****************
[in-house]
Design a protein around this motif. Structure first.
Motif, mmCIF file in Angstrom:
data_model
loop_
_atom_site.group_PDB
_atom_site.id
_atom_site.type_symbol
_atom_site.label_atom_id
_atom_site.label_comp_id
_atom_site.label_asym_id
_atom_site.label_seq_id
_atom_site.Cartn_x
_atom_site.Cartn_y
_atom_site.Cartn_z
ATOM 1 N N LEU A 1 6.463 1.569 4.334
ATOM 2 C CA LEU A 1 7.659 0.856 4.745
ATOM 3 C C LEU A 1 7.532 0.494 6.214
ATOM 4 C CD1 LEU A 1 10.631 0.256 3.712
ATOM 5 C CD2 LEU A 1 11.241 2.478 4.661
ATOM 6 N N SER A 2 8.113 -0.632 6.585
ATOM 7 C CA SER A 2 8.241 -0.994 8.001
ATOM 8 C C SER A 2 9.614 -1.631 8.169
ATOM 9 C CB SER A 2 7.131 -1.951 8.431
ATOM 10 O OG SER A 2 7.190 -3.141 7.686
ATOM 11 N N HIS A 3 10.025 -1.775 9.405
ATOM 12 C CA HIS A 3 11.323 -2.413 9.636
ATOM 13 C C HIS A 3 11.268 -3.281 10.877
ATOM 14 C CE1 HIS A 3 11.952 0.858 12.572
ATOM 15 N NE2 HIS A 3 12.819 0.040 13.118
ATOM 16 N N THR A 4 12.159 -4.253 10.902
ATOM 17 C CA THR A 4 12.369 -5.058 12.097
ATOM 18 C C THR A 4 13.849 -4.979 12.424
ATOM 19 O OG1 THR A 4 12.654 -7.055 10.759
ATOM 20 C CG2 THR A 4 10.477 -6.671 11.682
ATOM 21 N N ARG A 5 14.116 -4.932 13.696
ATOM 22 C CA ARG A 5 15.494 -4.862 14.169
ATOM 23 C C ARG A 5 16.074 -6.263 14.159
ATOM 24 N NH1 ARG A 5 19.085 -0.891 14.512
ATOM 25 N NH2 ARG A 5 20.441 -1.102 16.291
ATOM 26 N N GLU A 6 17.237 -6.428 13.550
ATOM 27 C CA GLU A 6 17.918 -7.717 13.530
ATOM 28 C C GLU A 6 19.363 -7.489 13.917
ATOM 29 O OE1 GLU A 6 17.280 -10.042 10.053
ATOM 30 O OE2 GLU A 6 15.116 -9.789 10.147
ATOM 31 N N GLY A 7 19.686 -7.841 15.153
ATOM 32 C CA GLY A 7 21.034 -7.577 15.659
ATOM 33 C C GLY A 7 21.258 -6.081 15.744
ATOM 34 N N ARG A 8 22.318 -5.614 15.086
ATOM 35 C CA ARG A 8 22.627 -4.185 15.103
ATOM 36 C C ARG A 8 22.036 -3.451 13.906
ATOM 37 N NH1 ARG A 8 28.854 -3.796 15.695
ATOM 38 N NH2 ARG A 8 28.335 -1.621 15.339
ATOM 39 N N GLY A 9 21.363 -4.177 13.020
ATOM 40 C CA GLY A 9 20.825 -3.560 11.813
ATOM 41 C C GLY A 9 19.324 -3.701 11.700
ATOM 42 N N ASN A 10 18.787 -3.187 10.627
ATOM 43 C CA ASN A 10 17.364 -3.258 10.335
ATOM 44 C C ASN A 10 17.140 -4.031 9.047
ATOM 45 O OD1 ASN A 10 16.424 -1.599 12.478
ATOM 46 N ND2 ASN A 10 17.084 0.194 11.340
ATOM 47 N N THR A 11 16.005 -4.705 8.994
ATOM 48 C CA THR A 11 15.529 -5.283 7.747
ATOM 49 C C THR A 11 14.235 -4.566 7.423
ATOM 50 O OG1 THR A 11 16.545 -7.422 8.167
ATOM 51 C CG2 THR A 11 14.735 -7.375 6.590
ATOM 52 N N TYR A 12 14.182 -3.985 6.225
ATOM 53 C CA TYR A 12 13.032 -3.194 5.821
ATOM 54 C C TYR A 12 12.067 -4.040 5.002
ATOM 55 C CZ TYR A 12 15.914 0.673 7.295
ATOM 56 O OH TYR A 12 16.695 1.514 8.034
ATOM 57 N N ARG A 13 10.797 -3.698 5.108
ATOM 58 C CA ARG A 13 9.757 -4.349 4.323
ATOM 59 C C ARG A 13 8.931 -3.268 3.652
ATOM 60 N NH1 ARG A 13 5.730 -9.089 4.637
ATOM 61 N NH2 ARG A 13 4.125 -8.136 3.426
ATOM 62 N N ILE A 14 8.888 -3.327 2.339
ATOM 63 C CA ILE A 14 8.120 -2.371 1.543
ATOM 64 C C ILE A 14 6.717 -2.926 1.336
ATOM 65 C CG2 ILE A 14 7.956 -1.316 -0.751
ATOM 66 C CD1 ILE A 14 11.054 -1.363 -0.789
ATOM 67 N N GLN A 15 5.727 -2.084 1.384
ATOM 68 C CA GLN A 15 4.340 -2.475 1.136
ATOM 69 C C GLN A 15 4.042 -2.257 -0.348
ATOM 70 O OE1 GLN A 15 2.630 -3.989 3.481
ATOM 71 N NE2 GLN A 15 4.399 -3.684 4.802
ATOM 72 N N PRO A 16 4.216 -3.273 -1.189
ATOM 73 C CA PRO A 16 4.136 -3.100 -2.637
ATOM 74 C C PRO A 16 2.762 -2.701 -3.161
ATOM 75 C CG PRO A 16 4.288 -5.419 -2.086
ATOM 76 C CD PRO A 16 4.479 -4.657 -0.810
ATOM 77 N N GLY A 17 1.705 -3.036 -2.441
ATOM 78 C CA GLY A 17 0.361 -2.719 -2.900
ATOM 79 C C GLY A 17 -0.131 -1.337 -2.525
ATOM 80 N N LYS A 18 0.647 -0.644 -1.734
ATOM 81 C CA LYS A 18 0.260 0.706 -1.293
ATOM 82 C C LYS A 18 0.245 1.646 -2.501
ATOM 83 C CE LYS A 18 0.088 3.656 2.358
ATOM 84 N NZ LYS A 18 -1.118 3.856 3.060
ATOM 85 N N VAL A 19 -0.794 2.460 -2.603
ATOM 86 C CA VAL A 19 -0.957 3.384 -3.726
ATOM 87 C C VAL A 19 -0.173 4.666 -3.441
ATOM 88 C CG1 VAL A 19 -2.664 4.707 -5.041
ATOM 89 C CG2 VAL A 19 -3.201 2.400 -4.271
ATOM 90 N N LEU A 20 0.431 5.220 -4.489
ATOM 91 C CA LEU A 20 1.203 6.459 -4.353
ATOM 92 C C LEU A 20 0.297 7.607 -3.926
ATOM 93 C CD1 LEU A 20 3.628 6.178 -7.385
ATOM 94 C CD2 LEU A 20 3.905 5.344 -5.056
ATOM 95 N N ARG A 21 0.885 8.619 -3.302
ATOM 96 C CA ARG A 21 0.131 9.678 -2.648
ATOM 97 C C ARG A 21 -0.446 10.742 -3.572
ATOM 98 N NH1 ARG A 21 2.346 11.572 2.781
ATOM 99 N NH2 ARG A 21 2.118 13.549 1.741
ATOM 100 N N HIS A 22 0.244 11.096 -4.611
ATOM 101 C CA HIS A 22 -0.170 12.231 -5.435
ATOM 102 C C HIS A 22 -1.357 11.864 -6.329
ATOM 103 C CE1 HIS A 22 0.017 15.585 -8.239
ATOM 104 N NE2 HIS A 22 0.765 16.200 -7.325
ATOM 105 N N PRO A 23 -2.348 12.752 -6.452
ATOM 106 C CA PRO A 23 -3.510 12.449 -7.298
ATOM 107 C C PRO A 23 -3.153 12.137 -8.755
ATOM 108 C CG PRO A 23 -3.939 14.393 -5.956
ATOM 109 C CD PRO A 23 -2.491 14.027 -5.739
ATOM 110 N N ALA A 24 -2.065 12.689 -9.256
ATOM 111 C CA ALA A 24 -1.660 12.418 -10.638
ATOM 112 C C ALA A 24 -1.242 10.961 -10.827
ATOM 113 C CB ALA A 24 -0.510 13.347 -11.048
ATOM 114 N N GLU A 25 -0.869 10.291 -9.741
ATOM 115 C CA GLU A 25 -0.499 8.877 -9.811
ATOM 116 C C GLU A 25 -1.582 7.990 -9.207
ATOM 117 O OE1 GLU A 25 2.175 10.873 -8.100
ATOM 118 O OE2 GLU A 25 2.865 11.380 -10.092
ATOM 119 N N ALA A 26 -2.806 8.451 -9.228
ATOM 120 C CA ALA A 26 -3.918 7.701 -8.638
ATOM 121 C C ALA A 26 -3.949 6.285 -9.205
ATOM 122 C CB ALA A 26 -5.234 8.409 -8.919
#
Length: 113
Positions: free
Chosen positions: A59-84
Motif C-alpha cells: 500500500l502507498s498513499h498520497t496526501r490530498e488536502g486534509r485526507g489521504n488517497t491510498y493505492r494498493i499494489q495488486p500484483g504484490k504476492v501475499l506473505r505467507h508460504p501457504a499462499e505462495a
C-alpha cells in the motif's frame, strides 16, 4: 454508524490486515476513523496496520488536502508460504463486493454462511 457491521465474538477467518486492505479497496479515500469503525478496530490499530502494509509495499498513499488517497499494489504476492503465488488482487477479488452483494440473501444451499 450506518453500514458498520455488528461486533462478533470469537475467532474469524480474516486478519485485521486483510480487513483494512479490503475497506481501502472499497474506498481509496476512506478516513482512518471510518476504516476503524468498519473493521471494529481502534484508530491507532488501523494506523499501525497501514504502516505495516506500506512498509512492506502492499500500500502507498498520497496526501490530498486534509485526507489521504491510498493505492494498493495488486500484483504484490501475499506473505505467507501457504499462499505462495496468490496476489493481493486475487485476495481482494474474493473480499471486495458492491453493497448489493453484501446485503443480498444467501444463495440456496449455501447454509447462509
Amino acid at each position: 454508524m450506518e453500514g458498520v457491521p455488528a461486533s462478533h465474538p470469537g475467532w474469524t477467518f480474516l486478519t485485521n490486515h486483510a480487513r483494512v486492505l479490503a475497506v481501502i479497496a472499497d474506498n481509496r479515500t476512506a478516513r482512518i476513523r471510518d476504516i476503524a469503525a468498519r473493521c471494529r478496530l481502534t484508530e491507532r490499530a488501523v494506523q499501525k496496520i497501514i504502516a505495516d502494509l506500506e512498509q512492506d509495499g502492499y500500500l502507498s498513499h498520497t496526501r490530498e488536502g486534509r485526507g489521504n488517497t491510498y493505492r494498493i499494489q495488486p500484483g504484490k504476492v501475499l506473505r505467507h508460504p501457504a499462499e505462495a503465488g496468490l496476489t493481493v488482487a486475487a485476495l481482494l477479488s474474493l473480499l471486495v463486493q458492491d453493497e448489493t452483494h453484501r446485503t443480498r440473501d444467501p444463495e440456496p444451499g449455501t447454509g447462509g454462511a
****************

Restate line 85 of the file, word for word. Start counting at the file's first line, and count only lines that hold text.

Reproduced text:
ATOM 70 O OE1 GLN A 15 2.630 -3.989 3.481